Albert Edward Willett


Man carrying dead rabbits in Malthouse Road, Crawley

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Printer and stationer, 9 High Street, Crawley (just north of the railway crossing). Albert Willett was born at Cuckfield on November 9, 1862. He was the son of Samuel Willett, a baker, and Sarah Hannah Willett, formerly Griffeths (sic). By 1891 he was working as a printer in Crawley. On August 30, 1892 at St Luke's Church in Bromley in Kent he married Eliza Nightingale, who had been born at Horley in about 1867, and was the daughter of Moses Nightingale, a retired brickmaker and wealthy corn, coal and seed merchant. Eliza bore him two children: a daughter, Grace Beatrice Willett, in 1893 and a son, Albert Edward Willett, in the following year. The Nightingale family was aptly named. They and the Willetts were very musical, and members of both families played in the local "Hazeldene Orchestra", which met at the house Moses built for himself on the Brighton Road in Crawley (see Michael Goldsmith, "Postcard publishers in Crawley and district - an introduction", 1986, Wealden Postcard Club Factsheet 6).

The 1901 and 1911 censuses describe Willett as a self-employed letterpress printer. Goldsmith notes that for many years he printed the Crawley Observer as well as an Almanac and Diary for the Crawley area. He began publishing halftone cards (for example a black and white view of Crawley Fair) by 1904, which he may have printed himself. These cards have white borders around the pictures and captions printed in the lower border on the left with "A.E. Willett, Crawley" on the right. In a few cases two pictures share the front of the cards. The picture definition is often rather poor, and it is pity that (as far as is known) no real photographic versions were issued.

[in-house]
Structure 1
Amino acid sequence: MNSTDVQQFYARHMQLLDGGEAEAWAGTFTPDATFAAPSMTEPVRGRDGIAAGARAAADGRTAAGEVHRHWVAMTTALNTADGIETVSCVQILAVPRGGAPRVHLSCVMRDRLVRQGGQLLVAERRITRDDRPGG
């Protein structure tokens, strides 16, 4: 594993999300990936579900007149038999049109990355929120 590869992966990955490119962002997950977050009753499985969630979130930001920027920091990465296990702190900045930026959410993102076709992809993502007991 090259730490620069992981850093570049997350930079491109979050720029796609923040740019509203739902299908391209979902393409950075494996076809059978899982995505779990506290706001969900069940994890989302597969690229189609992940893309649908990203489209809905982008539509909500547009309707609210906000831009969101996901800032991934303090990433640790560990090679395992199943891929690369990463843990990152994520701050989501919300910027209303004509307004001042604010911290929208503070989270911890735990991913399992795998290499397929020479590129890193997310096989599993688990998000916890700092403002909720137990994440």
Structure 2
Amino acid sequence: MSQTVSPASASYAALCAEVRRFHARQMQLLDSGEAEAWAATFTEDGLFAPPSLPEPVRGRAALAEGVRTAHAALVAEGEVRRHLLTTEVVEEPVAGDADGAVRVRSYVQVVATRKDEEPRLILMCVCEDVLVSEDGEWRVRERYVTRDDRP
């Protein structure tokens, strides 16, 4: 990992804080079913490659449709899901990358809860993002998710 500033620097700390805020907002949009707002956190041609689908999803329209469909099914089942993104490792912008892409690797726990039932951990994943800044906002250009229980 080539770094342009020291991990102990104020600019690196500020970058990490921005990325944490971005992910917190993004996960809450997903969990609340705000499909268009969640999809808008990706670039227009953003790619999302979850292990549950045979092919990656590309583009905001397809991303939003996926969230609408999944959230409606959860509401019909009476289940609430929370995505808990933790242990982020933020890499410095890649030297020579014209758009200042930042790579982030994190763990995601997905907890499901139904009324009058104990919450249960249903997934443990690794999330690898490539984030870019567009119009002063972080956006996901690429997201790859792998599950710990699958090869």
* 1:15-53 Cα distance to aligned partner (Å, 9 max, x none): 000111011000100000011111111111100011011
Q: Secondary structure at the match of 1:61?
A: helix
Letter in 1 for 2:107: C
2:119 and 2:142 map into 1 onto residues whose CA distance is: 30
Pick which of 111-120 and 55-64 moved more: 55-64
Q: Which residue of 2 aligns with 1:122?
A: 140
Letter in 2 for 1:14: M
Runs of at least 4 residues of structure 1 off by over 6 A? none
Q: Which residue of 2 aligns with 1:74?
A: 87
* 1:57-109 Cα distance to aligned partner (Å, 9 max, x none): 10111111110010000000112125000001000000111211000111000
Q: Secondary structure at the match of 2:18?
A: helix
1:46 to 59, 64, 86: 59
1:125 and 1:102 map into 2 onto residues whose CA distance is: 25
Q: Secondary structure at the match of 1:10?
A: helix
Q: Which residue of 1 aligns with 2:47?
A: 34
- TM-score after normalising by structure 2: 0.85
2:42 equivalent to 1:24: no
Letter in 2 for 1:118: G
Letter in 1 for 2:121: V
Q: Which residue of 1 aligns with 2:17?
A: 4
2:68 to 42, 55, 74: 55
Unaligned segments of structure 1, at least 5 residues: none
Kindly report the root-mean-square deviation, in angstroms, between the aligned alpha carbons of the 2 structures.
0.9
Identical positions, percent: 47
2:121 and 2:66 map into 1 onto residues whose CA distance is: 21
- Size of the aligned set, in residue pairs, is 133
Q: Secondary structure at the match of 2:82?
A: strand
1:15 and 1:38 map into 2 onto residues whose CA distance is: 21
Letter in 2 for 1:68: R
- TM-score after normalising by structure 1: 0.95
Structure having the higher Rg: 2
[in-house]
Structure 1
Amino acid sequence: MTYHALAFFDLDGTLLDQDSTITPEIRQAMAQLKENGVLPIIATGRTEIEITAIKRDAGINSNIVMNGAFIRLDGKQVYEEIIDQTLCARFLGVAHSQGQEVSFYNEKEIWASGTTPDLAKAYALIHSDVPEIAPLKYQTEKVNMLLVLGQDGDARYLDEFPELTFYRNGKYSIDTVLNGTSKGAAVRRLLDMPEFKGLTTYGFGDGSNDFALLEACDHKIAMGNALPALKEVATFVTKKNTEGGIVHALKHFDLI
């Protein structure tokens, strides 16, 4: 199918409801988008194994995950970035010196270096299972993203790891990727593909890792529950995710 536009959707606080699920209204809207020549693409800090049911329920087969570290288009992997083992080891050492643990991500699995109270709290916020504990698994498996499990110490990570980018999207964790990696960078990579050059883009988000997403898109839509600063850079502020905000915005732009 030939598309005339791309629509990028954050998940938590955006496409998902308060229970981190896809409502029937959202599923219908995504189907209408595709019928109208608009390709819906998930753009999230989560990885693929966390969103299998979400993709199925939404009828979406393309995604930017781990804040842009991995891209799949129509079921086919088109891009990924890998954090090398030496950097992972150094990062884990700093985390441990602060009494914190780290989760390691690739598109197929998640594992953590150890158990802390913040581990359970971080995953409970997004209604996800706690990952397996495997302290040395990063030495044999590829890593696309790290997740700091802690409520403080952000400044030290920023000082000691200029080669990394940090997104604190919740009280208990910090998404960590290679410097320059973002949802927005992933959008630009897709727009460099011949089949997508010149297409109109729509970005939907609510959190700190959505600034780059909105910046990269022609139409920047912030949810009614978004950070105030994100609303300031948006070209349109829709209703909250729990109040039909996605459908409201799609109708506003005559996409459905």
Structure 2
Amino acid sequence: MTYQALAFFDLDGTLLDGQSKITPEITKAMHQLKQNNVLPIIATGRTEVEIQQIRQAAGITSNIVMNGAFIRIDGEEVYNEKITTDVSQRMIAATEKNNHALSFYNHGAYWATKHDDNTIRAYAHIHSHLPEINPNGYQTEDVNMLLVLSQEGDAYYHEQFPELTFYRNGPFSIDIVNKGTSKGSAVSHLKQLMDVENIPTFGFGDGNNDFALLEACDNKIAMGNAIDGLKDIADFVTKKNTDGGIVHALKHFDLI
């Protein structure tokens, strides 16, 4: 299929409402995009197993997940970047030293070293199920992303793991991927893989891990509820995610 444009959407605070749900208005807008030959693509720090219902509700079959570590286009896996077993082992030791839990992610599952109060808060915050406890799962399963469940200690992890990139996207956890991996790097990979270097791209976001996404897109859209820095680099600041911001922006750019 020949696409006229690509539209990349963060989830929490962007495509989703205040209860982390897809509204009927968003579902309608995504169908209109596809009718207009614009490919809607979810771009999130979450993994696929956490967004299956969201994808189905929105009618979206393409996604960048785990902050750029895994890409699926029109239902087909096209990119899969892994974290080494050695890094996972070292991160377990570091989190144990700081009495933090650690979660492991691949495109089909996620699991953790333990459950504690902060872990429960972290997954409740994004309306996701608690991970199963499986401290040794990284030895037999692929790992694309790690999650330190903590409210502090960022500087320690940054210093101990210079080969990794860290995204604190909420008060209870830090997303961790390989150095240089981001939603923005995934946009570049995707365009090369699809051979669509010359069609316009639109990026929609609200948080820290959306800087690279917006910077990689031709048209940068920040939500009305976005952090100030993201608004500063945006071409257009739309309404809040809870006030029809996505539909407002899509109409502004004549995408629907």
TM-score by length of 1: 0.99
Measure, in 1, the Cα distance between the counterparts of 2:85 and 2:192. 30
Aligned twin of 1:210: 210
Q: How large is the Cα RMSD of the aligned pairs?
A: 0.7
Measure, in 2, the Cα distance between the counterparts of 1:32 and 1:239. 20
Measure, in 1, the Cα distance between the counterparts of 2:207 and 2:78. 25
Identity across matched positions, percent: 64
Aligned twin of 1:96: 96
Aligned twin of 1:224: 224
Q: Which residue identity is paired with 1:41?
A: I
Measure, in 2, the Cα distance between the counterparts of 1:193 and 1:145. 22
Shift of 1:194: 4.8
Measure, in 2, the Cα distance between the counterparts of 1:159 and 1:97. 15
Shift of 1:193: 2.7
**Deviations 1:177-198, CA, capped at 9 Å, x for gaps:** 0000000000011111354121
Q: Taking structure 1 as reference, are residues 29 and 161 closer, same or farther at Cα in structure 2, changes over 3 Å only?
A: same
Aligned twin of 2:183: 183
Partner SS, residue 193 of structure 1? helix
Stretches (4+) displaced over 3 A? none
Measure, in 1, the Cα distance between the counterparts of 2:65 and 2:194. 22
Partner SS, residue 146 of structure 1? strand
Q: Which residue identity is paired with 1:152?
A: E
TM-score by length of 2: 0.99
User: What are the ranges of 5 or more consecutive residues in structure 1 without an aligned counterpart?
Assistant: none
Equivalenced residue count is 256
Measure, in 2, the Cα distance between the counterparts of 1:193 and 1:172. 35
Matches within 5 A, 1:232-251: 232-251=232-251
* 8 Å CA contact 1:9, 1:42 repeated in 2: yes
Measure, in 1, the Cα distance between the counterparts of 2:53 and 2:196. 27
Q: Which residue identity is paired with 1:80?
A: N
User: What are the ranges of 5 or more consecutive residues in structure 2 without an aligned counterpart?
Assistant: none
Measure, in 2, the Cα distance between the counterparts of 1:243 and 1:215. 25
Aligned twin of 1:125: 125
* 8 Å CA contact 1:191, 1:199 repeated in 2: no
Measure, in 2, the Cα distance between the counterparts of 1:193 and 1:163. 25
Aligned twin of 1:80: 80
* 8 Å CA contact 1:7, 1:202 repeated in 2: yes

The R. A. Publishing. Co. of East London printed a later series of black and white cards for Willett, which are labelled on the back "Published by A.E. Willett, stationer, 9 High Street, Crawley". The cards have white borders and quite bold captions compared to their predecessors.

By 1905 Willett was selling some exceptionally fine coloured and also black and white collotype cards of Crawley with 6-digit serial numbers. In one picture a man strolls along a street carrying dead rabbits, which at the time were much valued both for their meat and fur. Although Willett probably took the photographs, the quality of the printing suggests that he commissioned the cards from a specialist manufacturer.

In 1908 Willett started selling good quality sepia real photographic cards of Crawley (for example of the High Street), which lacked borders, and had neatly handwritten captions. Although the cards are labelled "A.E. Willett, Crawley" on the front, they were almost certainly manufactured by Bender and Co. of London Road in Croydon or one of its associates. Whether Willett took the photographs is unknown.

Much rarer than the Bender & Co. cards are some black and white real photographic cards that Willett almost certainly prepared himself. The pictures have handwritten captions in slightly backwards-sloping capitals on the bottom left. There is a white border all round each picture and Willett's name and address is rubber stamped within the border on the bottom right. These interesting cards were in circulation by July 1909, if not earlier.

Willett was still trading, though not necessarily publishing cards, in 1924. On reaching retirement age he is believed to have handed over his business to his son. He died in a Crawley nursing home on 19 December 1942, leaving effects of £3899.

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